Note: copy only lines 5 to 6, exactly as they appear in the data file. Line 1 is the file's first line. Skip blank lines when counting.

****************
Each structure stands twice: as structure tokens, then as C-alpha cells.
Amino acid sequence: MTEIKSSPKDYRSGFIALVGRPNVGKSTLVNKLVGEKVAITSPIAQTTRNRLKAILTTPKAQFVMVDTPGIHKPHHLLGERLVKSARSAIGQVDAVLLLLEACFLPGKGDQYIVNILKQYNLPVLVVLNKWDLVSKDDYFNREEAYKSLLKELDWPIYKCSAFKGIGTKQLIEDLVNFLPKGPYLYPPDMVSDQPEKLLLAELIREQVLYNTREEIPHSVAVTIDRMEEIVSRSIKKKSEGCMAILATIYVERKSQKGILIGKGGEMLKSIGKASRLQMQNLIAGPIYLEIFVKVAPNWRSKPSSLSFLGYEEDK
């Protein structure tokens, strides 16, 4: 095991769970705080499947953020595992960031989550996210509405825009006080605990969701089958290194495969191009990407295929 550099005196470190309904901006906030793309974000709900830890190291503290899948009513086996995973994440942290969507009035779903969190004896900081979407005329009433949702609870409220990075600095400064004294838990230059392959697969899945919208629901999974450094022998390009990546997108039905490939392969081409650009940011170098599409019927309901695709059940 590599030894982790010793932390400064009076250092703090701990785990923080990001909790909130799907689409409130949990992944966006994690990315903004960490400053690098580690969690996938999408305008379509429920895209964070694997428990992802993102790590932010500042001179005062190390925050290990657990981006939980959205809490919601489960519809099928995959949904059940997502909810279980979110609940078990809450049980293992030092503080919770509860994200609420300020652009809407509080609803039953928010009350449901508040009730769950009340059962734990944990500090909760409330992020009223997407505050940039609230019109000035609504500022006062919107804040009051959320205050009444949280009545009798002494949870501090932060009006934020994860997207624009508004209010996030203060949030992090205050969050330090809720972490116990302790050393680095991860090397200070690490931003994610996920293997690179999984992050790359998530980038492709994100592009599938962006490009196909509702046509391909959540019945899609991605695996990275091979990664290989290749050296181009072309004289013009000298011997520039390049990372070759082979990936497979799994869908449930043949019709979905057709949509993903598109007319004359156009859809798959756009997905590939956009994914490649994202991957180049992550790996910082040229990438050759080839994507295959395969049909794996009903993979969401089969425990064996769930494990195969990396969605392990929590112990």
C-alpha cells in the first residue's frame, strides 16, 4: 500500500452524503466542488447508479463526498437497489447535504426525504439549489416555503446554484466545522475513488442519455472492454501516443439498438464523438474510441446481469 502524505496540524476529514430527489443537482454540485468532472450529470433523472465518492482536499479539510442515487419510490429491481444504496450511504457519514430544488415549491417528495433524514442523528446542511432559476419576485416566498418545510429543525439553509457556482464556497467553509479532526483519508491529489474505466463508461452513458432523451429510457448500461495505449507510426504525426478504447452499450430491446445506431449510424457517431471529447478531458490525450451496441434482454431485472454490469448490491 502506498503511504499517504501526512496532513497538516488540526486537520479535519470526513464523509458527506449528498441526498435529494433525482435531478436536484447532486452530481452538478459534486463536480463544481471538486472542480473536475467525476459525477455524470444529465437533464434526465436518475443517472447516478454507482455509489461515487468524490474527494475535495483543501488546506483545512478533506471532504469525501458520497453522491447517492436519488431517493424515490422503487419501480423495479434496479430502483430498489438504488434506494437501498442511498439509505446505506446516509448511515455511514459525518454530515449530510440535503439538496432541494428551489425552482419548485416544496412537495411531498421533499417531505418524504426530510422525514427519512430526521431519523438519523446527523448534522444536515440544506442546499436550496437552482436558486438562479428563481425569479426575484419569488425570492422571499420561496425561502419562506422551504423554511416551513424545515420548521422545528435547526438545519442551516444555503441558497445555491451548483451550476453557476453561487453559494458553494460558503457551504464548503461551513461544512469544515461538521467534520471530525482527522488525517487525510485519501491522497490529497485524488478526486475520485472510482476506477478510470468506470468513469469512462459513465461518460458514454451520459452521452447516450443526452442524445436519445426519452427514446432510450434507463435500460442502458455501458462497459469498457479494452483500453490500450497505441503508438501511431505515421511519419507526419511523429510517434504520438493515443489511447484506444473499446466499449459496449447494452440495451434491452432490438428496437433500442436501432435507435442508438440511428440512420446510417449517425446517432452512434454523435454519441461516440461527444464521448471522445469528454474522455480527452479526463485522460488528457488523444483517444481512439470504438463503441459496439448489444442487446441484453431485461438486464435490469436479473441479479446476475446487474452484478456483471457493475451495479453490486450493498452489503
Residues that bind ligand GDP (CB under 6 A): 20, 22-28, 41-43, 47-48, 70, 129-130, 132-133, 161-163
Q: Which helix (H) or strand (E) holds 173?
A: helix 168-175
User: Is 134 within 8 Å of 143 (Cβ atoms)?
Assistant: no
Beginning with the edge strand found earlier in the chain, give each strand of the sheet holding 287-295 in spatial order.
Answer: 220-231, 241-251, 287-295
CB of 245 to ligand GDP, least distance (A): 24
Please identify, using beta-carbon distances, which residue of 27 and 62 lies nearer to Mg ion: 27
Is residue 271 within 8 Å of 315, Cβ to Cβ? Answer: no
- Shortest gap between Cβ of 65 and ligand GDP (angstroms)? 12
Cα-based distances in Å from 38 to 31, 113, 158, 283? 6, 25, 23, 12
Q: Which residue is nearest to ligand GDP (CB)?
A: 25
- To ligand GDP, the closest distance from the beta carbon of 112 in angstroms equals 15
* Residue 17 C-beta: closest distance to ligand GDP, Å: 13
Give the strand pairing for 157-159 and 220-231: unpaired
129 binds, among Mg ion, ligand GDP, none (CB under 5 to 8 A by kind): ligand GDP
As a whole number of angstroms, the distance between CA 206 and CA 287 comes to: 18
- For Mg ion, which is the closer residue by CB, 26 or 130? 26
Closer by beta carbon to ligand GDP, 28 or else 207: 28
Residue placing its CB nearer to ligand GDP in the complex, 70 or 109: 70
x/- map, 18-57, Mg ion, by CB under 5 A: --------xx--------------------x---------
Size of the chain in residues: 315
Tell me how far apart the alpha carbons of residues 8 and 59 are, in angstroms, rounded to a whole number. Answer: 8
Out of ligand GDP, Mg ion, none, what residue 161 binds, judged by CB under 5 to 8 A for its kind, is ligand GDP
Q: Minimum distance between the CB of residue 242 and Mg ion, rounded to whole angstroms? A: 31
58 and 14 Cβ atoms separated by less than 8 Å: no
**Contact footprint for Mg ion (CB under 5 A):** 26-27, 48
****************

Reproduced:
Residues that bind ligand GDP (CB under 6 A): 20, 22-28, 41-43, 47-48, 70, 129-130, 132-133, 161-163
Q: Which helix (H) or strand (E) holds 173?